It was better not to feel.

It was better not to react.

During the day I could eat a huge mountain of mashed potato and sausages – but at night I had to find another way to cope, and I retreated a little deeper each time. Over the years the mechanism ceased to be conscious and became so practiced that it moved to one that was completely unconscious.

In my later teens (after some experimentation) I learned that I was a placid and happy drunk. When I consumed alcohol it helped me to not react to my mother, and initially I even consciously started to use it to help manage my interactions with her.

When I was drunk time passed quicker and things hurt less.

This was just the start of it though. I realised that I hadn’t just been suppressing pain – eventually I was suppressing happiness too – because the physiological reactions associated with any extremes of emotion were so strikingly similar.

Over time I’d created a situation where if I thought bad thoughts and felt bad emotions then I immediately moved to suppress them by self medicating. By 2016 I’d been doing it for so long that I’d ceased to recognised it for what it was. 

I was eating, drinking and smoking my pain AND HAPPINESS away.

Feeling sad? Have a (insert crutch here). It will make you feel better!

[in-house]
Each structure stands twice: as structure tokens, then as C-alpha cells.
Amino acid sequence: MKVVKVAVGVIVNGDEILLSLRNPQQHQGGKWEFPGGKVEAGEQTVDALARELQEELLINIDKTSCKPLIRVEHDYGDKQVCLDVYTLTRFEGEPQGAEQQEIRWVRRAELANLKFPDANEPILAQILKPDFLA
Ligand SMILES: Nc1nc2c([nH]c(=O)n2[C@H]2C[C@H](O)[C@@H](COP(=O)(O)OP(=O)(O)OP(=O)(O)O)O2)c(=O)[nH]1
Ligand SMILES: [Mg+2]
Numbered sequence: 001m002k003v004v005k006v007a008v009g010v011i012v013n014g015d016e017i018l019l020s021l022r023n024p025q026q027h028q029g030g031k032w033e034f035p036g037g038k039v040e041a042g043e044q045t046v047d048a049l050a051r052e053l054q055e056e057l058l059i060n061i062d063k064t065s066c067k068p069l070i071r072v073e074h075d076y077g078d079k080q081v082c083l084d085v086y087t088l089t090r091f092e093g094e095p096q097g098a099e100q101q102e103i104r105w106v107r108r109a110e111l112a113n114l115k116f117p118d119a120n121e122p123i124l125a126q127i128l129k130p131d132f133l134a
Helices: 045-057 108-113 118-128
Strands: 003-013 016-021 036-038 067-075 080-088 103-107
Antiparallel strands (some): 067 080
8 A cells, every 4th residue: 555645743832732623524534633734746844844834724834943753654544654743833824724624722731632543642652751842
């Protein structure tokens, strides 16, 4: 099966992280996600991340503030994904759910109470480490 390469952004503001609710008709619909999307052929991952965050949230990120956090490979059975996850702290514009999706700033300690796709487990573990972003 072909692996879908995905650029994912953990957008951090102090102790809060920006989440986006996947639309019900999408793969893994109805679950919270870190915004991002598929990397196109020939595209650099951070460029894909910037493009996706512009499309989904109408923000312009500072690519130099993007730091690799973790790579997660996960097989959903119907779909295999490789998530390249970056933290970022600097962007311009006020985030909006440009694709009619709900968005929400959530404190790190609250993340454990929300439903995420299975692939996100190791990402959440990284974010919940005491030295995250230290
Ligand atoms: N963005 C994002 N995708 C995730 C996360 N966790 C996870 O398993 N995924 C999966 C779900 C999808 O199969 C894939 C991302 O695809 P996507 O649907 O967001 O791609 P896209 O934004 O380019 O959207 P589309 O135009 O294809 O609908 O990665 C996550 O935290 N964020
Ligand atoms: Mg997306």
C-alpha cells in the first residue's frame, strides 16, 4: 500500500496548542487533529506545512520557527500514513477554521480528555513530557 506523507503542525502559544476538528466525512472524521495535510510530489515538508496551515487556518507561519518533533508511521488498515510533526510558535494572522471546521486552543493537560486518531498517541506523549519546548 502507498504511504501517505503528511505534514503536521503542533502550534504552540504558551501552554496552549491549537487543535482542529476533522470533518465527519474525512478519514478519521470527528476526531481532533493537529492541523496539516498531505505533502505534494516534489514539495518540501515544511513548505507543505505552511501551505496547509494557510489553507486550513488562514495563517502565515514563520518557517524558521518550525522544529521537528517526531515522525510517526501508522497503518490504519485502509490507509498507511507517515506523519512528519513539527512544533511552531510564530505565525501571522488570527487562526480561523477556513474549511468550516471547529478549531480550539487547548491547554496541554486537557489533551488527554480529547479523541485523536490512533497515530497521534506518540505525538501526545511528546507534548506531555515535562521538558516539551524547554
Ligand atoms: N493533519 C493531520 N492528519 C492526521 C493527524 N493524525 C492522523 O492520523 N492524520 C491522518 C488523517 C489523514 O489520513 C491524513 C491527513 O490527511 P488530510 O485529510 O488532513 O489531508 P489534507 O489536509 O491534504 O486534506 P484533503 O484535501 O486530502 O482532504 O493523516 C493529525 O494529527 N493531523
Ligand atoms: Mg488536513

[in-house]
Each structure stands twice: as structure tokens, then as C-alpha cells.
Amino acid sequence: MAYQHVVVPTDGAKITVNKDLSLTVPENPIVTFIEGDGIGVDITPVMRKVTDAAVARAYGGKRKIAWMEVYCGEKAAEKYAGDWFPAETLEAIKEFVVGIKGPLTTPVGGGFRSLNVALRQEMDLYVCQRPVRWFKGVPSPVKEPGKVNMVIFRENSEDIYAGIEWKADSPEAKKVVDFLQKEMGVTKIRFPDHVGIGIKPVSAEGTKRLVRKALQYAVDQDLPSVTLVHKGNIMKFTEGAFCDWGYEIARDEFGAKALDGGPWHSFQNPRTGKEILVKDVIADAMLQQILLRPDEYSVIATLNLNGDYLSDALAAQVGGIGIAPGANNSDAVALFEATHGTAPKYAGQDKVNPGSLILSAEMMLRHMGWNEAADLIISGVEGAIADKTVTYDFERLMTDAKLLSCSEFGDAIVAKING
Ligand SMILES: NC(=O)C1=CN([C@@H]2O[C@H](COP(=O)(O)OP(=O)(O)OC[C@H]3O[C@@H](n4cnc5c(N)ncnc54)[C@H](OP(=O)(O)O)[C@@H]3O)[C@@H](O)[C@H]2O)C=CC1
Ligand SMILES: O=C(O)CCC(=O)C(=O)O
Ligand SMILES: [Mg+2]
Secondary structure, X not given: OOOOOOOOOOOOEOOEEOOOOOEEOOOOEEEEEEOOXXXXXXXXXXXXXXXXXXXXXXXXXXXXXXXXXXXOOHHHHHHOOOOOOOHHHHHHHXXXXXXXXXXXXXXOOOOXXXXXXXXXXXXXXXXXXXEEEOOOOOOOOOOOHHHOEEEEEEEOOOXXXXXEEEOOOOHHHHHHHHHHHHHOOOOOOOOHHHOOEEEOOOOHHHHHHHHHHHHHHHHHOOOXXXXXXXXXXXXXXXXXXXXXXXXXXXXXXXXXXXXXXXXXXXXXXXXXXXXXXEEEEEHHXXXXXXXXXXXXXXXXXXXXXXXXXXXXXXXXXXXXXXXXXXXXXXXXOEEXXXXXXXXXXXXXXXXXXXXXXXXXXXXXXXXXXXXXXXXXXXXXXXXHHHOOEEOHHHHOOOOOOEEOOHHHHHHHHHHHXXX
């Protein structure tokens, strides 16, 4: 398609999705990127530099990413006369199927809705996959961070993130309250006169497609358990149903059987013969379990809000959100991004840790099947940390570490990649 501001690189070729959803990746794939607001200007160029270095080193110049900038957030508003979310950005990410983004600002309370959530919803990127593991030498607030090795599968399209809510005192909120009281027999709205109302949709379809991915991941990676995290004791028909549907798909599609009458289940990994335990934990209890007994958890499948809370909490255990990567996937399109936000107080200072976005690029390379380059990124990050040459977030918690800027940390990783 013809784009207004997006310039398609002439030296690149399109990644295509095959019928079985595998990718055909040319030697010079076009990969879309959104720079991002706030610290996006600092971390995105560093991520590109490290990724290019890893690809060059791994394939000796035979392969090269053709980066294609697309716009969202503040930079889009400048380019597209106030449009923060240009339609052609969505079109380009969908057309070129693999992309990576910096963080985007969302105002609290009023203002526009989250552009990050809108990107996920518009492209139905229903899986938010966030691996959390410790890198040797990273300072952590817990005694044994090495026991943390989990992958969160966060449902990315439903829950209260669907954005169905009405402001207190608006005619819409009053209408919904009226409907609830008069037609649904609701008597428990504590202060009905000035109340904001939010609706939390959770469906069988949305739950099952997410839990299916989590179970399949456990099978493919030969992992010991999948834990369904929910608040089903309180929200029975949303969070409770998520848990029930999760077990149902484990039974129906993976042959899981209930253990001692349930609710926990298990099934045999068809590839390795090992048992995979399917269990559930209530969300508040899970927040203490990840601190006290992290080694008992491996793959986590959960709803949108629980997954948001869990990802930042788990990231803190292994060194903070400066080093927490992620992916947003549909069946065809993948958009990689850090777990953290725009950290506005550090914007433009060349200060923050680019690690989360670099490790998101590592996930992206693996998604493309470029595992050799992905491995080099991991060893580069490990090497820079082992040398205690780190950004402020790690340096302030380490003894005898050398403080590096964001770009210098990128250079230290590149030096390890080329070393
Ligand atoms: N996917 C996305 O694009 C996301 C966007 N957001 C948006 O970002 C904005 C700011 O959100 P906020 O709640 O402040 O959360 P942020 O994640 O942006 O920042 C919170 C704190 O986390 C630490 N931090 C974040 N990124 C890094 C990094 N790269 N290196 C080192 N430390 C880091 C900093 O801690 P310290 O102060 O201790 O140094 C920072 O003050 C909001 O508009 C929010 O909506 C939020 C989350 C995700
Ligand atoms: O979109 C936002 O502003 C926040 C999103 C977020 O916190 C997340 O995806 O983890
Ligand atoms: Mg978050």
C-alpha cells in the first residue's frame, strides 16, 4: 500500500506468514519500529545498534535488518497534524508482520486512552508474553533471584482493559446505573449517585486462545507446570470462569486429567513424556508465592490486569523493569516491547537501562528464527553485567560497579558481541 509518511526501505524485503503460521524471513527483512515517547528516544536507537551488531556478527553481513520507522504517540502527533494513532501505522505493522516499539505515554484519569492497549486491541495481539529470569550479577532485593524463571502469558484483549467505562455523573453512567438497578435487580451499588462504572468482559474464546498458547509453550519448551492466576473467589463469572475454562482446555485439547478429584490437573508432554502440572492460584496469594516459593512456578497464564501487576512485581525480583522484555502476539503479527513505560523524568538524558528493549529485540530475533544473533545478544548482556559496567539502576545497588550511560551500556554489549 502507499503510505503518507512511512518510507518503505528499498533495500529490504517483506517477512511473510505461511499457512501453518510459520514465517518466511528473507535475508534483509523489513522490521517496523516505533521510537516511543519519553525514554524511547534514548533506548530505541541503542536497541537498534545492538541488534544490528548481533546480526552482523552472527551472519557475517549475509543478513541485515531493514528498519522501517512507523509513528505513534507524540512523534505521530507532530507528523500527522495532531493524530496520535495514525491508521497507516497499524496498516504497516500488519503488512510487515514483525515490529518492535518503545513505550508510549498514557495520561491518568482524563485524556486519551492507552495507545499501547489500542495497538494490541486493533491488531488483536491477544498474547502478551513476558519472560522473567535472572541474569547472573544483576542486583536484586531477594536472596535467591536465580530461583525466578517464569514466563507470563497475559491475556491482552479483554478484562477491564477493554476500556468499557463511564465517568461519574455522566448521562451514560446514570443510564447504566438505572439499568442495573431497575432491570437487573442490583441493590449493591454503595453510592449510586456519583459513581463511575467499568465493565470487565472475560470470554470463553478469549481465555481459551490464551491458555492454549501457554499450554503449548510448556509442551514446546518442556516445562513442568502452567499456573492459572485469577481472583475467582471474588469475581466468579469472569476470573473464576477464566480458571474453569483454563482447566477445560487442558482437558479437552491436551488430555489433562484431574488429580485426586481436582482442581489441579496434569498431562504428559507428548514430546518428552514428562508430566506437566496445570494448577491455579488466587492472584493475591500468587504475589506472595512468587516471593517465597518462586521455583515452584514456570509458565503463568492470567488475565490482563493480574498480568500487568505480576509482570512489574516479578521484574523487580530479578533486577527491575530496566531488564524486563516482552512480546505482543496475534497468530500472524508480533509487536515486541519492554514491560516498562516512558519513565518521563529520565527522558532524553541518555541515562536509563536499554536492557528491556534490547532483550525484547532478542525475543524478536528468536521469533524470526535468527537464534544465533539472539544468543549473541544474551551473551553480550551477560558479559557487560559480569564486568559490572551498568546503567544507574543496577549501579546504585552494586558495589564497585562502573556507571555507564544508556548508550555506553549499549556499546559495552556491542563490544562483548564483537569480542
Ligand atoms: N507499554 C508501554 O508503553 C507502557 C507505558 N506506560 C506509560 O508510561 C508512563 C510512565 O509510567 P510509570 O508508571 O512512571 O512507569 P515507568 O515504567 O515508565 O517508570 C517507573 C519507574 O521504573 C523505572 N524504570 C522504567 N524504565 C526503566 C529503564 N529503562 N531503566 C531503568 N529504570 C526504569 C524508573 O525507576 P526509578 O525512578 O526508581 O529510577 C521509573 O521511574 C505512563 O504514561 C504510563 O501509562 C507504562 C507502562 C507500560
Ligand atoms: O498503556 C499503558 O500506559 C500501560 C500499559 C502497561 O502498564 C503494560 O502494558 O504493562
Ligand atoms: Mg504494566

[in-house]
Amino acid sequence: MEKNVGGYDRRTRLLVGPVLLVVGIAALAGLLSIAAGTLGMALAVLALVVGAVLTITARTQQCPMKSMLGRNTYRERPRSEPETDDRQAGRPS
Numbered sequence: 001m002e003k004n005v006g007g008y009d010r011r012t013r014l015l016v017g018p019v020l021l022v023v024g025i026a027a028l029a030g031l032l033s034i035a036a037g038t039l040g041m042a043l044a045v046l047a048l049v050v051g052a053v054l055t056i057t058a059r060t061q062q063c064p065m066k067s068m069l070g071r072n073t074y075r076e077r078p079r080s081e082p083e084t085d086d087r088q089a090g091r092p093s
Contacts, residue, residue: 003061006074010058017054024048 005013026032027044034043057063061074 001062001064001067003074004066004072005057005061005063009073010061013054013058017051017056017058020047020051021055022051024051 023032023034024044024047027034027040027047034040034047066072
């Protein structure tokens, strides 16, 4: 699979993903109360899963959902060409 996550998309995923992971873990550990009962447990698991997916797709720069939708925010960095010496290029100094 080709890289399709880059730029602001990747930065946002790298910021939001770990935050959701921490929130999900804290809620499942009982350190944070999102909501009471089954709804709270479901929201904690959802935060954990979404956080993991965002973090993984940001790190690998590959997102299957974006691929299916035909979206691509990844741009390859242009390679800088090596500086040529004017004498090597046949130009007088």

Feeling happy? Celebrate with a (insert crutch here). It will make things even better still!

Incredibly it had taken me 45 years to understand this about myself – but one by one the dominoes were falling. Each time I wrote something new down in my blog it gained a sense of permanence – and as time progressed (and I discovered more about myself) the dots were becoming connected.

I was building a picture of who I was – and gaining a deeper insight what my motivations were than I’d ever done before in my life. I no longer just forget something after a revelation and moved on.

Instead I could refer back to them, build upon them and consolidate my gains.

However – back in March of 2016 I was only a sober man.

It wasn’t until April that the real work started….


Part two: The beginnings of honesty

Before you start reading it’s probably a good idea that you recap on Part One (here).

If you’ve already done that (and you have a cup of tea or coffee ready to go) then let me continue…

(note – bits highlighted in red are things I feel are important. In this ongoing little series they’re the lessons I think I’ve learned along the way.)

In early February 2016 I was just beginning to lift my head above water. I felt like I’d been drowning for the longest time and (by then sober for around two short weeks) I was also trying to deal with the mountains of stuff left behind when my mother died.